According to embodiments of the disclosure, the rules module 204 may provide a set of rules for auditing the script code to generate audit information. For example, the rules module 204 may include a plurality of different rules for different types of audits to be performed on the script code. In some embodiments, these rules may take the form of a checklist of review points against which the script code audit may be done. For example, the review points may represent aspects of coding standards to ensure the script code is of a satisfactory quality. The rules may be provided in a spreadsheet, such as Microsoft Excel™ offered by Microsoft Corporation of Redmond, Wash. In this manner, a user can select the type of audit that is desired, for example, by supplying various rules sheets including any desired number of review points.

According to embodiments of the disclosure, the reporting module 206 may use the metadata and audit information to generate reports desired by the user. These metadata and audit information, which may be stored in a results database 208, may be used by the reporting module 206 to generate a report displaying the results of the audit.

Upon installation, a user may be presented with an interface, an example of which is shown in FIG. 3, displaying an initiation page of the auditing tool. Following initiation, a home page may be displayed, an example screenshot of which is shown in FIG. 4. As shown in FIG. 4, the home page may display a performance checklist template displaying information related to a script code audit.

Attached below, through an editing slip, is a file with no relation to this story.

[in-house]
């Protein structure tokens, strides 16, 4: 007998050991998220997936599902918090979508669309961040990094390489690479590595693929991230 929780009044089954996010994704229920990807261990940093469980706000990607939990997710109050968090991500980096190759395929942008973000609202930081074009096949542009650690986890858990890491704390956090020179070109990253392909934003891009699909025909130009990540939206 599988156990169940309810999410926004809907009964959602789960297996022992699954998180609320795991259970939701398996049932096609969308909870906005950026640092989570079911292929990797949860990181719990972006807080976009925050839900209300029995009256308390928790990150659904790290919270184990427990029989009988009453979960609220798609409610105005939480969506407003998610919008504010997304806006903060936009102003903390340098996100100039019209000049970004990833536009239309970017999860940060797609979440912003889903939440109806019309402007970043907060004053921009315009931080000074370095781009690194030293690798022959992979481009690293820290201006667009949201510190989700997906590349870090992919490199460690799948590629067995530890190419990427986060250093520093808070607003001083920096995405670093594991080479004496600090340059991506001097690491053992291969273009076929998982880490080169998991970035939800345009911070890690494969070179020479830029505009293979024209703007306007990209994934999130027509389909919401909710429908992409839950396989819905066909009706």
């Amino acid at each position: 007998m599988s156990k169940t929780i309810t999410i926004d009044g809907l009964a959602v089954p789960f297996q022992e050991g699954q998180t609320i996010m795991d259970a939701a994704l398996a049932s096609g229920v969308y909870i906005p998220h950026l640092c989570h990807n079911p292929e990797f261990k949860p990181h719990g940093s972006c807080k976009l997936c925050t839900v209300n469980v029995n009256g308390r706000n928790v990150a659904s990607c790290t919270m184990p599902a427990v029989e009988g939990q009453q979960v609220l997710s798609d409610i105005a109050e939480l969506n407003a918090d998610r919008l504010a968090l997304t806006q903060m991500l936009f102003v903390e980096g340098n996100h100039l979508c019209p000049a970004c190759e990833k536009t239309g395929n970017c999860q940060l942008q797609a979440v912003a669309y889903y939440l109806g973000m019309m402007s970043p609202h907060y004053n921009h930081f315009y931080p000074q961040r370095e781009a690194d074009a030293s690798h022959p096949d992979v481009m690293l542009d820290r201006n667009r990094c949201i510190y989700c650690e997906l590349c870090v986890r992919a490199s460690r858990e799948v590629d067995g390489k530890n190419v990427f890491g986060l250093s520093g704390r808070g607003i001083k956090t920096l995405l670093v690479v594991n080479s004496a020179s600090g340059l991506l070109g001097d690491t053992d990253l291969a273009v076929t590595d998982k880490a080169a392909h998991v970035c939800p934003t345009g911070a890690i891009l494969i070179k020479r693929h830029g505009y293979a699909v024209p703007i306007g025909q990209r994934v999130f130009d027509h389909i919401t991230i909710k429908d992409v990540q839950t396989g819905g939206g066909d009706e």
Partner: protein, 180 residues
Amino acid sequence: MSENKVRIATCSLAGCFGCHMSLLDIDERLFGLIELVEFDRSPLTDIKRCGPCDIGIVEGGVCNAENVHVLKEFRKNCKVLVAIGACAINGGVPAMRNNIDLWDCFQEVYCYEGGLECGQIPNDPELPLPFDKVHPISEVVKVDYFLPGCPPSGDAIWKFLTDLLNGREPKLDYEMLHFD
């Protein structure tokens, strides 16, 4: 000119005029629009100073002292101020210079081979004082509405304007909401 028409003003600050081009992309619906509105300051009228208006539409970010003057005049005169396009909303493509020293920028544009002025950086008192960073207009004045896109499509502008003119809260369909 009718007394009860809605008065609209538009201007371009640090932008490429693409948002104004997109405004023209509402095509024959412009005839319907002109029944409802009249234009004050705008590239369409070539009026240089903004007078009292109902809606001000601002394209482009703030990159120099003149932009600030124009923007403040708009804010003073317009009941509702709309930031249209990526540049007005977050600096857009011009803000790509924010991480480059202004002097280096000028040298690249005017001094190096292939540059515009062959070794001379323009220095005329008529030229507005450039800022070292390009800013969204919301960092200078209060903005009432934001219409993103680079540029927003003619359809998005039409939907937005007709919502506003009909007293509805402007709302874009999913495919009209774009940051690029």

FIG. 5 is an example screenshot of a script selection page of the auditing tool. As shown, a user may enter a path to locate a script to be auditing in field 501. The user may also click the browse button 503 to browse for the script by use of, for example, a folder explorer window 505.

Embodiments of the disclosure also allow the user to enter details about the script code he or she wishes to have audited. For example, the user may enter a number of parts of a script name 507, a number of parts 509 in a transaction name of the end and initiation files, and a number of parts 511 in a transaction name of the action files. The user may enter a delimiter type 513, the entity 515 reviewing the script code, and the uniform resource location (URL) 517 to be checked for the script code's nonexistence. The user may also delete all previous results by clicking the “Delete All Results Sheets” button 519. Further, the user may reset the tool, review any entered script (such as in field 501), or exit the tool, through clicking respective buttons, 521, 523, or 525.